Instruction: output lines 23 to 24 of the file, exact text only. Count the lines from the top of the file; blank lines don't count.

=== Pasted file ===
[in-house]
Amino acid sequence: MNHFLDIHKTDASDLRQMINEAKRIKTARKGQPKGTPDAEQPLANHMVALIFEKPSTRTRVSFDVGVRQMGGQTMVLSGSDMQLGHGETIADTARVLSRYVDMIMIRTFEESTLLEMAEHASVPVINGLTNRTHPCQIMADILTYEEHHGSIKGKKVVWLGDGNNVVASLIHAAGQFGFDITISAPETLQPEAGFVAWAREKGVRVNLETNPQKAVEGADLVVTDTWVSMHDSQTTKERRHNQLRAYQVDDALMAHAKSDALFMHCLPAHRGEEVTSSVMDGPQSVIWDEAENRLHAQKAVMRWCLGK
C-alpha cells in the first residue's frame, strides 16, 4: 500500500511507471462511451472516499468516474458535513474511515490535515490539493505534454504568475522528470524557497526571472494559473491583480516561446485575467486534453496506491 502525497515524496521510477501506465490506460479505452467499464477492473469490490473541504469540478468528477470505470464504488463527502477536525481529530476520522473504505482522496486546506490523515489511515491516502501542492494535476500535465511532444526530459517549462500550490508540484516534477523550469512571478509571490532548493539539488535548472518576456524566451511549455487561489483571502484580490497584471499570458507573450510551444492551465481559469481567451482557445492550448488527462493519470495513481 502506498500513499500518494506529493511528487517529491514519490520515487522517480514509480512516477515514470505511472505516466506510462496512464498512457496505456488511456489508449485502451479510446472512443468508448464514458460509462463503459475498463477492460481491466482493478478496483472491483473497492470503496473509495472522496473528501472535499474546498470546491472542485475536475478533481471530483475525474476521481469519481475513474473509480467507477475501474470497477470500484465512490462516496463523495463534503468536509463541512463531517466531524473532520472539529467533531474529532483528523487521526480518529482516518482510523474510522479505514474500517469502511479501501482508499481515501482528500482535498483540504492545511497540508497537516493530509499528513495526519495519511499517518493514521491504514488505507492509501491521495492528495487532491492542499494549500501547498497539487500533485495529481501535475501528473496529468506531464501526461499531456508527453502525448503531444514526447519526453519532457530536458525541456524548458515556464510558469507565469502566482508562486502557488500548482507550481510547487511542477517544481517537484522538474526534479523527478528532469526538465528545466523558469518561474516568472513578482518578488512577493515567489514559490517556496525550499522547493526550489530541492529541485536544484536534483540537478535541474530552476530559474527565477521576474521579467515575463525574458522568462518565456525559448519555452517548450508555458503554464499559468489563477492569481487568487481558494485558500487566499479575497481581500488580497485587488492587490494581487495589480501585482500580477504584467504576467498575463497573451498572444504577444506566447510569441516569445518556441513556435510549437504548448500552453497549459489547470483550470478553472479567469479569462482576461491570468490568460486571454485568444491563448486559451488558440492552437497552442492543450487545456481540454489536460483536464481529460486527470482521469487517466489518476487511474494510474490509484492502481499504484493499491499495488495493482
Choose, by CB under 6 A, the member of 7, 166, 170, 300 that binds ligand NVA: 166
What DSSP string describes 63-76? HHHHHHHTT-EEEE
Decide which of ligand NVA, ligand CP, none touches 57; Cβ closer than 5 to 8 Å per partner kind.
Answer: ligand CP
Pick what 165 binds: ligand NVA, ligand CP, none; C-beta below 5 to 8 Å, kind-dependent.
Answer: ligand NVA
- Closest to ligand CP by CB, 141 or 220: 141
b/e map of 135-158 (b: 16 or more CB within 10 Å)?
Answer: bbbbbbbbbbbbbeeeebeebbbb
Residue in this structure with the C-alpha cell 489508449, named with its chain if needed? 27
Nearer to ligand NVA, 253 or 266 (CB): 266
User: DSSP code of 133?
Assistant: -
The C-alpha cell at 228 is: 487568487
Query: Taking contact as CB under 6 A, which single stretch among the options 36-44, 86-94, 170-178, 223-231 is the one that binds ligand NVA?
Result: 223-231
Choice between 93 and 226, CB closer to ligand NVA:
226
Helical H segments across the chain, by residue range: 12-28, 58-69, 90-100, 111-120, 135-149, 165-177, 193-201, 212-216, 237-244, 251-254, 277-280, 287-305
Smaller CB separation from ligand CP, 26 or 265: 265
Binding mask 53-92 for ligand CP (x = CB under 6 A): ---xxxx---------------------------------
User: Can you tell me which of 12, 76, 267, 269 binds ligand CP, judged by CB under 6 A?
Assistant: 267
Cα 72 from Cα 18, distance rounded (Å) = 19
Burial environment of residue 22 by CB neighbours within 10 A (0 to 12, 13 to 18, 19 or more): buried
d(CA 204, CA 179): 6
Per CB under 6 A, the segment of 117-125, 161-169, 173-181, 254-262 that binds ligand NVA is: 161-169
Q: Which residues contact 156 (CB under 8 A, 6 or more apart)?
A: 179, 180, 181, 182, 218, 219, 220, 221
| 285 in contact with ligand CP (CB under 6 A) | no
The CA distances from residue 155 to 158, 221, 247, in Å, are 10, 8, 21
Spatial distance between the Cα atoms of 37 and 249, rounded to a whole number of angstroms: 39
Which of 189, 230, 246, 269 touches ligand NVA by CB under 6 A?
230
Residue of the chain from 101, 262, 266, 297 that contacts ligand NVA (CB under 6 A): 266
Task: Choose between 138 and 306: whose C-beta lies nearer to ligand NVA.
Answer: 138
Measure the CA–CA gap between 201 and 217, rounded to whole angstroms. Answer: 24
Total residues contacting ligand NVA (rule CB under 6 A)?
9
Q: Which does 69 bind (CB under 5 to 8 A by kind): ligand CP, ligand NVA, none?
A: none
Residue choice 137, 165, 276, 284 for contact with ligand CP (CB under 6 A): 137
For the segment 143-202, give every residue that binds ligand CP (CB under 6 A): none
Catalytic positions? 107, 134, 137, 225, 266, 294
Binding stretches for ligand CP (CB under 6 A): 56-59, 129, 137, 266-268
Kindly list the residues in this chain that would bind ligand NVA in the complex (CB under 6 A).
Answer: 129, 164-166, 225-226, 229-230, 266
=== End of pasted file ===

Smaller CB separation from ligand CP, 26 or 265: 265
Binding mask 53-92 for ligand CP (x = CB under 6 A): ---xxxx---------------------------------